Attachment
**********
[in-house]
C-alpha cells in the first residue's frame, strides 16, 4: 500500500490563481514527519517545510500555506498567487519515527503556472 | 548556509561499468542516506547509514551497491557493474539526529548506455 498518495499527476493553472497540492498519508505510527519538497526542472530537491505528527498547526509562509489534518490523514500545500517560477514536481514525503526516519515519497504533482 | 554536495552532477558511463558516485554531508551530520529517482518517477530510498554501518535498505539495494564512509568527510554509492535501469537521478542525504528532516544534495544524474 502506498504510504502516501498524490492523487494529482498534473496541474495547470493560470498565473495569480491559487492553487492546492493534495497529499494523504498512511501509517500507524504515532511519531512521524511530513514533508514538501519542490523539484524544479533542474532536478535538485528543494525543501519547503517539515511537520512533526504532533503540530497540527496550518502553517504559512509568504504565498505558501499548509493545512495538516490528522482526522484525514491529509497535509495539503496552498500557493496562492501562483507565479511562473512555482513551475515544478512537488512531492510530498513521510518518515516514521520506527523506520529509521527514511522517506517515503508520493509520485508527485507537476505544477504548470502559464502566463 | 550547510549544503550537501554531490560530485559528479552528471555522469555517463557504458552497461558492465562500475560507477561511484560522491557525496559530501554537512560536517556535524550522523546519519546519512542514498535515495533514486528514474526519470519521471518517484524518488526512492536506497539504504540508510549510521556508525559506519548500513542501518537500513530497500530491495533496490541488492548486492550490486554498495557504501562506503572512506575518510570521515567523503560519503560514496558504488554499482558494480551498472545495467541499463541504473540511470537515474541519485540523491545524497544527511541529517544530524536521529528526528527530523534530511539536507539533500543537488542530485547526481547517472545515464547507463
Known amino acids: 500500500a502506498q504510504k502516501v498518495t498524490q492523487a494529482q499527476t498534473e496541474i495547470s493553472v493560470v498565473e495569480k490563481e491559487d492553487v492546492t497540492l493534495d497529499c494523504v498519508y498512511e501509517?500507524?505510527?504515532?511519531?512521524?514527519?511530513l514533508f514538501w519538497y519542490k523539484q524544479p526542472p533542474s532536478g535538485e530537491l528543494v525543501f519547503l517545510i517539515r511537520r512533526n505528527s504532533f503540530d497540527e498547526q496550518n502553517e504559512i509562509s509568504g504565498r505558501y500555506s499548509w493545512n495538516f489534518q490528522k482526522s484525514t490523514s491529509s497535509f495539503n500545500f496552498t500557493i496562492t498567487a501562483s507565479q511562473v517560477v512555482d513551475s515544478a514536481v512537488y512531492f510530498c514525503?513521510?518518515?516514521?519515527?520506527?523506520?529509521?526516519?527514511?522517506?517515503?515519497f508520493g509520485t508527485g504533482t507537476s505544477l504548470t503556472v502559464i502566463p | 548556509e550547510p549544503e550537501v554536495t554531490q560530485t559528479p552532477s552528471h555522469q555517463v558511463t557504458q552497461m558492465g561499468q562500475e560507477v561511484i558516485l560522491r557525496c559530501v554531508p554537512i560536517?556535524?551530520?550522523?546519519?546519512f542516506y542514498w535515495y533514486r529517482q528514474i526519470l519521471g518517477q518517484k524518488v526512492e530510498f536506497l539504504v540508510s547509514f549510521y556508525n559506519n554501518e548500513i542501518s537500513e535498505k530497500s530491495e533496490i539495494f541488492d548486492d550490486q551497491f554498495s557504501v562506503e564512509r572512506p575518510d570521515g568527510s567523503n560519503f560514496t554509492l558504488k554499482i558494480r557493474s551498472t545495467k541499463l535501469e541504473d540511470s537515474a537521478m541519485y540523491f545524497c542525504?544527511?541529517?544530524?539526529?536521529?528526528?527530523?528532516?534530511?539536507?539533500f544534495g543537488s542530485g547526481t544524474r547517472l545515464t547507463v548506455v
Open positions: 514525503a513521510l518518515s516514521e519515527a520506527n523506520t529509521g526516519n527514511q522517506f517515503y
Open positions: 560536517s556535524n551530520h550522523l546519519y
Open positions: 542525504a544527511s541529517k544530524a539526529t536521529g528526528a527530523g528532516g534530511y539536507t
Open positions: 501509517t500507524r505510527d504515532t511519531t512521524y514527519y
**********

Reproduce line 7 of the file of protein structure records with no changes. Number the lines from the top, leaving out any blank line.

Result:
Open positions: 501509517t500507524r505510527d504515532t511519531t512521524y514527519y